The SAT (earlier know as Standardized Admissions Test) tests the skills you’re learning in school: reading, writing and math.
Your strength in these subjects is important for success in college and throughout your life.
• The reading section includes reading passages and sentence completions.
• The writing & Language section includes a short essay and multiple-choice questions on identifying errors and improving grammar and usage.
• The math section includes questions on arithmetic operations, algebra, geometry, statistics and probability.
• The essay is a 50 minute section.
There are 2 kinds of SAT Exams - General test and Subject test. The examination is entirely a paper-based Test. The test is scored on a maximum of 1600. SAT General Test or SAT I has three sections – Reading and Writing & Language Reading; Mathematics. The following is the test structure.
|3 Hours + 50 minutes for the essay which has become optional||It will consist of evidence based reading and writing & language test, mathematics but the essay will be optional.||It will become optional and will be given at the end of the test for which 50 minutes shall be given. Their requirement will be determined by the colleges/ universities at the time of admission.||The scale will range from 400 – 1600 with individual scale ranging from 200 – 800 for evidence based reading and writing, mathematics and 2 – 8 on each of the 3 dimensions of the essay. The results for the essay will be reported separately. There will be no negative marking for an incorrect answer.||There will be 52 questions in Reading, 44 in Writing & Language, 58 in Mathematics and 1 essay. Total questions = 155|
Subject Tests (formerly SAT II: Subject Tests) are designed to measure a student’s knowledge and skills in particular subject areas, as well as his ability to apply that knowledge. Students who want to apply to the Top 15-20 universities in the US are required to take SAT Subject Test. The examination is entirely a paper-based Test. The test is scored on a maximum of 800. SAT II Subject tests are one-hour tests offered in the following subjects: Physics, Chemistry, Biology, Math Level 1, Math Level 2, English Literature, US History, World History and Languages.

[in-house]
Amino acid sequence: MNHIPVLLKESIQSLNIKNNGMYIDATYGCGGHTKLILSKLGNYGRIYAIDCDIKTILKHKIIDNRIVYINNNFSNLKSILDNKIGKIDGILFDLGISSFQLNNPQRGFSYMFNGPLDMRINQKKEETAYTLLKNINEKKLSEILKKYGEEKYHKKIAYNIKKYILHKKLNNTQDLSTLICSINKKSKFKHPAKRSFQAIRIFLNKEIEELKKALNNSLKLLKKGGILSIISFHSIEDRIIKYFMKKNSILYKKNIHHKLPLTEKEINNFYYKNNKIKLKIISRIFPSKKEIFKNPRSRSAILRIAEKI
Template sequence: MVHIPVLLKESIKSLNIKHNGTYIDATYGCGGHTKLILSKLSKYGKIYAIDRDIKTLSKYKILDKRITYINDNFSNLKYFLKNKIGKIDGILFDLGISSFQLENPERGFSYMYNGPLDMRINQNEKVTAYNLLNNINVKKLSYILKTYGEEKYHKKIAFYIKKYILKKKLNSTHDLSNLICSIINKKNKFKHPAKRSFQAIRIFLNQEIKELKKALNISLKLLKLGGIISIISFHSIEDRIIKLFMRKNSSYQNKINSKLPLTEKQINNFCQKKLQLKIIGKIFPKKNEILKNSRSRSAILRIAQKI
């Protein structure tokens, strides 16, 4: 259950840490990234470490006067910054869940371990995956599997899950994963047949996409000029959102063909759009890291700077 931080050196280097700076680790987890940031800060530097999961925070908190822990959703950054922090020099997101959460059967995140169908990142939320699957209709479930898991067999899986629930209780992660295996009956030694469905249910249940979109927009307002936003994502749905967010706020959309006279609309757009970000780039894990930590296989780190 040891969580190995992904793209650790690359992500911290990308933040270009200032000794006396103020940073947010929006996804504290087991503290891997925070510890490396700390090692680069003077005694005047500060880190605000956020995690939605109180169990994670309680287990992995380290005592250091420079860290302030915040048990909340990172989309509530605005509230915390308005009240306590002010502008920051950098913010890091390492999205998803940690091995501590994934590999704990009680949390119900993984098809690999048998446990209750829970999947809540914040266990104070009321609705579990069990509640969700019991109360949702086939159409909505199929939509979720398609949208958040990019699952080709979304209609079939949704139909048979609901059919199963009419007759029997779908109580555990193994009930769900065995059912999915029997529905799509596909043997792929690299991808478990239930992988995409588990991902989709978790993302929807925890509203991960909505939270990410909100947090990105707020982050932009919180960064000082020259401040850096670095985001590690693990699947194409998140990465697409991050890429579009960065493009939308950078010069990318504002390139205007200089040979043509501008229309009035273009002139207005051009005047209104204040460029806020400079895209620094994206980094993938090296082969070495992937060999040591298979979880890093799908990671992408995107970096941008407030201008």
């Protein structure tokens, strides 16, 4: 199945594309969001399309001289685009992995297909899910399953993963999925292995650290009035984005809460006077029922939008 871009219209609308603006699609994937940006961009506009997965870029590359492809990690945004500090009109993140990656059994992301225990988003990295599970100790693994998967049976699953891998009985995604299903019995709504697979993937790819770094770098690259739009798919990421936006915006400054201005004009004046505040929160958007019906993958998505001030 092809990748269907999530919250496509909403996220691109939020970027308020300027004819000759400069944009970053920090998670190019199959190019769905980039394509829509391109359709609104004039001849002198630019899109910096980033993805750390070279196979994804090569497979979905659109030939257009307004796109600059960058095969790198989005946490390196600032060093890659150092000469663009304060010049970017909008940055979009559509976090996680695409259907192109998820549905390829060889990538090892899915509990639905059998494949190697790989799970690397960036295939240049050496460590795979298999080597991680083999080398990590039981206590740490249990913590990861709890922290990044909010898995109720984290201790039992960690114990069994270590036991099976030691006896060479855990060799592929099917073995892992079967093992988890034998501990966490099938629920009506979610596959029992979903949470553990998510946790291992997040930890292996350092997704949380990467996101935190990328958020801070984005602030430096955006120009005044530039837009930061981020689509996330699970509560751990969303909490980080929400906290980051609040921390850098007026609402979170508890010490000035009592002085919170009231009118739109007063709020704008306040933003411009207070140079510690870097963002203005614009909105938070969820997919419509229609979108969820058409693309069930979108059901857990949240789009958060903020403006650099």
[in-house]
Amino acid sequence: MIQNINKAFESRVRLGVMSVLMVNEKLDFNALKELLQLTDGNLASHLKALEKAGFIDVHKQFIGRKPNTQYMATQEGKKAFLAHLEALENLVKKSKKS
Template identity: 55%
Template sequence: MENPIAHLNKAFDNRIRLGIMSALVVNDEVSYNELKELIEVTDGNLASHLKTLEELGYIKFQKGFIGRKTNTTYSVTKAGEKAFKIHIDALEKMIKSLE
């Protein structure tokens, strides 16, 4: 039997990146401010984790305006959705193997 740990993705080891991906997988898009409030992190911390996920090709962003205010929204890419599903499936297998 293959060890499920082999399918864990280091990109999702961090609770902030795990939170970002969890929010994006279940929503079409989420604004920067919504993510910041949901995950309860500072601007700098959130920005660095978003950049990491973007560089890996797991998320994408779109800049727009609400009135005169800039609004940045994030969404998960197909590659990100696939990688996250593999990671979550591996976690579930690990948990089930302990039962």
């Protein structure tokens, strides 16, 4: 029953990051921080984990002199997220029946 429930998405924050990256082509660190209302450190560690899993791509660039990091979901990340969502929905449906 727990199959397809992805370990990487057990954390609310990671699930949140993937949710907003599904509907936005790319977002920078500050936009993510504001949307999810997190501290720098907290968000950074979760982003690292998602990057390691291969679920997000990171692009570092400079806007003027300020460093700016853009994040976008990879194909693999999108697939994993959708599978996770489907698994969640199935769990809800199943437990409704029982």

Each section of your SAT (reading and Writing & language; Mathematics) will be scored on a 200- to 800-point scale, for a possible total of 1600. You will receive an essay score on a scale of 8-8-8. But how do you get these scores? Two steps happen before you see a final score. First, we figure out your raw score by: • Adding points for correct answers. • Subtracting a fraction of a point for wrong answers. Remember: Questions that you skipped don’t count either for or against your score, and points aren’t taken away for wrong answers on the math questions where you needed to enter the answer into a grid. Then we take your raw score and turn it into a scaled score. This is where the score of 200–800 points comes from, and it is done through a statistical process called “equating.” This process makes it possible to compare your score with the scores of other students who took alternative versions of the test, and to your own scores on previous tests.
Both SAT II and SAT I held 6 times a year in India in January, May, June, October, November and December. One cannot take SAT I and SAT II on the same day but can take 2 SAT II tests on the same day.
SAT can be taken any number of times but it is advised not to as it may affect the admissions application.
Your SAT score will be valid for 4 years after from the date the test was taken
SAT I: Scoring is between 600 (Minimum) and 1600 (Maximum) with 10-point increment. Three scores are reported on the SAT I: • Critical Reading score reported on a 200-800 score scale, in 10-point increments • Mathematics score reported on a 200-800 score scale, in 10-point increments • Writing score reported on a 0-8 score scale, in half-point increments SAT II: Each SAT II is scored between 200 (Minimum) and 800 (Maximum) with 10-point increment.